Thursday, 30 May 2013

Trinity Sunday 26 May 2013 Sermon

Trinity Sunday 26.5.13

This feast focuses on God Himself and what He is. So we don't fall into the trap of considering God only as He is useful to us!

God reveals Himself to be three Persons but not three gods. One nature (therefore ONE God) but three Persons, who dwell in perfect unity.

Each Person is not one-third of God, making up a coalition of three. Rather each Person IS God and whatever each Person does is done by God. There is no possibility of discord between the three Persons (as there would be in any group of three humans!). What one Person does would always be fully approved by the other two, thus accepting the action as their own.

This level of internal harmony is itself a revelation to us, so accustomed as we are to discord and compromise.

The inner life of the Trinity is essentially a giving and receiving of Love. Love begins with God. He had it first and then gives it to us.

God loves Himself as the three Persons love each other. God is self-sufficient. He did not create us because He needed someone to love, but in the overflow of His generosity wanted creatures to have some share of His own happiness.

We are very fortunate that He did make us and that we can share in that inner life, a fierce flow of love in which we are immersed.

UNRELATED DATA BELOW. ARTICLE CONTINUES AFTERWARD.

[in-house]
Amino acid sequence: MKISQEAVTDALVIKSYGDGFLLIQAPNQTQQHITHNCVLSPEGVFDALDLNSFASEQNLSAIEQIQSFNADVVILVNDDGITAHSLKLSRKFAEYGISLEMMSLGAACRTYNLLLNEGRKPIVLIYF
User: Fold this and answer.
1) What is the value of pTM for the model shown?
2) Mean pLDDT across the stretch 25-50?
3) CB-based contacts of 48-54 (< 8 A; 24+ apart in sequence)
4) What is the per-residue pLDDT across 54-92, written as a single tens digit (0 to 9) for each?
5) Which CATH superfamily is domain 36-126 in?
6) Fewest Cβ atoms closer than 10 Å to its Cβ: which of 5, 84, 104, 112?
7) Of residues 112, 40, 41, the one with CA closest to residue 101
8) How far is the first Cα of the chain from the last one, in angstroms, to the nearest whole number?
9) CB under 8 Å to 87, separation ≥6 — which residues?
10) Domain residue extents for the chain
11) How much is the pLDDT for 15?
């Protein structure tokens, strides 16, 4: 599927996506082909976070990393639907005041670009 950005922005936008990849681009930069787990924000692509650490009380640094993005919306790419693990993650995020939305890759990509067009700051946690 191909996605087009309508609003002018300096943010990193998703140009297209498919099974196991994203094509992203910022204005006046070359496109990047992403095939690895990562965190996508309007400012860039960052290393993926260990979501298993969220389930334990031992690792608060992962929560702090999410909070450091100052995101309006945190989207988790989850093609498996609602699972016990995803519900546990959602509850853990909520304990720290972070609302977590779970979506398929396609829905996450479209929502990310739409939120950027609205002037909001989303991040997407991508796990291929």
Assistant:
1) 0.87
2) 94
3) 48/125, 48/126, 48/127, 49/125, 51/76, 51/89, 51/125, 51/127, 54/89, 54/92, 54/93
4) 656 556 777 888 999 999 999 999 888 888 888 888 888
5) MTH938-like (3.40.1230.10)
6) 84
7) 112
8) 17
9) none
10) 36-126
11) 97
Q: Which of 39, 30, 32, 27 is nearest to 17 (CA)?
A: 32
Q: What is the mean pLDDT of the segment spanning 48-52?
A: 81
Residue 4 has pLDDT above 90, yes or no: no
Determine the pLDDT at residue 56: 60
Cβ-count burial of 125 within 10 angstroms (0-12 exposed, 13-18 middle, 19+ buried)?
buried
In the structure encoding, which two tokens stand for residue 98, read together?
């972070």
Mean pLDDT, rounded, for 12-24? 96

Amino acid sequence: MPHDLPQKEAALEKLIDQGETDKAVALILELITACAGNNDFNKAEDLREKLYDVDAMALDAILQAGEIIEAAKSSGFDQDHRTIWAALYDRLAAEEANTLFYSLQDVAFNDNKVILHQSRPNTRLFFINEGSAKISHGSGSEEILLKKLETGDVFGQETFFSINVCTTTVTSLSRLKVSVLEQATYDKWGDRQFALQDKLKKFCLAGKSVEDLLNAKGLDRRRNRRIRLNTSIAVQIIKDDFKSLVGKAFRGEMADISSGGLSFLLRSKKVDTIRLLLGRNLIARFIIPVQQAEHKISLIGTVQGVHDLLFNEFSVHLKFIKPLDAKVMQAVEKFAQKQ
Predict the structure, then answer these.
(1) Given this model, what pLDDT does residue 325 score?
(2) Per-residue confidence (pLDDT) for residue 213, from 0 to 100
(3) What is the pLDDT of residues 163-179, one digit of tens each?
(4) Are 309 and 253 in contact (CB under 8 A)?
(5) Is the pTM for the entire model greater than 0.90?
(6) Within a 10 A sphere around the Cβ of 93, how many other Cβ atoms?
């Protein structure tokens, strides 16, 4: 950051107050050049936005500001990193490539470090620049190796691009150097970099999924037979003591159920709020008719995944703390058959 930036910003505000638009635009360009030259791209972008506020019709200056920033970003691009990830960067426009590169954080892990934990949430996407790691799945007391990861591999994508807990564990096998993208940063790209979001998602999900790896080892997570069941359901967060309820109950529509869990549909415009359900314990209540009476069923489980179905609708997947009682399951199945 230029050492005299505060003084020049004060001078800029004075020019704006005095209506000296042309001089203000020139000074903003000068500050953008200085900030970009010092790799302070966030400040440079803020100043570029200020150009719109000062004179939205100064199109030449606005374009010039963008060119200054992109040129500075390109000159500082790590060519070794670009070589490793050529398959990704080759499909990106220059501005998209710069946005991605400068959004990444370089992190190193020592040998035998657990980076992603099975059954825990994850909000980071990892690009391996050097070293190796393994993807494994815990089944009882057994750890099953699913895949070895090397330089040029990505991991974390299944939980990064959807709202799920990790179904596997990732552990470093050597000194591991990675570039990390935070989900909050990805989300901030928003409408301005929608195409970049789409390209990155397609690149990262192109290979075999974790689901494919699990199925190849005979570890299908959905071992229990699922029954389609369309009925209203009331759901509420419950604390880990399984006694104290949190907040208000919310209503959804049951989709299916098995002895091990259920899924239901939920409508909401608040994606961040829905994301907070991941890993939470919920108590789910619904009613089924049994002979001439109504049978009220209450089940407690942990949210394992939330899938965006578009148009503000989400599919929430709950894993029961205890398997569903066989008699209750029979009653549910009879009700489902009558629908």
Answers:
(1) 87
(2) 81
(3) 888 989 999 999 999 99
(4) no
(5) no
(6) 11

By Baptism (Gospel) we are so immersed. God claims us as His own, adopting us as His children. He begins to dwell in us according to how much we let Him.

Being immersed we realize that He is so much bigger than we are; therefore hard to understand or to explain (Epistle)

When we talk of Him we are like a fish trying to talk about the whole ocean. The fish could only describe what he knows. But there is a lot more.

We can use symbols and analogies to describe God but we realize that there are not words enough to describe these things. We have to let ourselves be carried, as we are by poetry or music.

God is not a triangle or a shamrock. Nor is the Holy Spirit a dove. Images can help but they can also hinder. We must not limit God to any particular image.

In our inability to understand God fully we might be tempted to conclude that we do not need Him, contenting ourselves with whatever happiness we can squeeze from this life. But that would be only from ignorance of what else there is. In any case God wants us to have more.

Also there is a temptation to simplify God, as with those false religions which deny the divinity of Christ, and hence deny the Trinity.

Two things we must do straight away in the presence of God: Repent and Adore.

We fall on our faces and proclaim His glory, and we pray that He will enable us to participate more fully in His life. Included in this action is a plea for mercy, for the removal of sin.

How sad that people ignore, deny, or limit Almighty God. Today is a day for correcting that. A day of worship; simply saying how good God is. Let’s get this right for at least one day a year.

We salute God for His greatness. We could never praise Him enough. In Heaven they praise Him without ceasing and we should join in here.

Although we are focusing on God rather than ourselves we still benefit. Our praise of Him will lift us beyond narrow vision and gloomy thoughts, leading instead to faith and hope.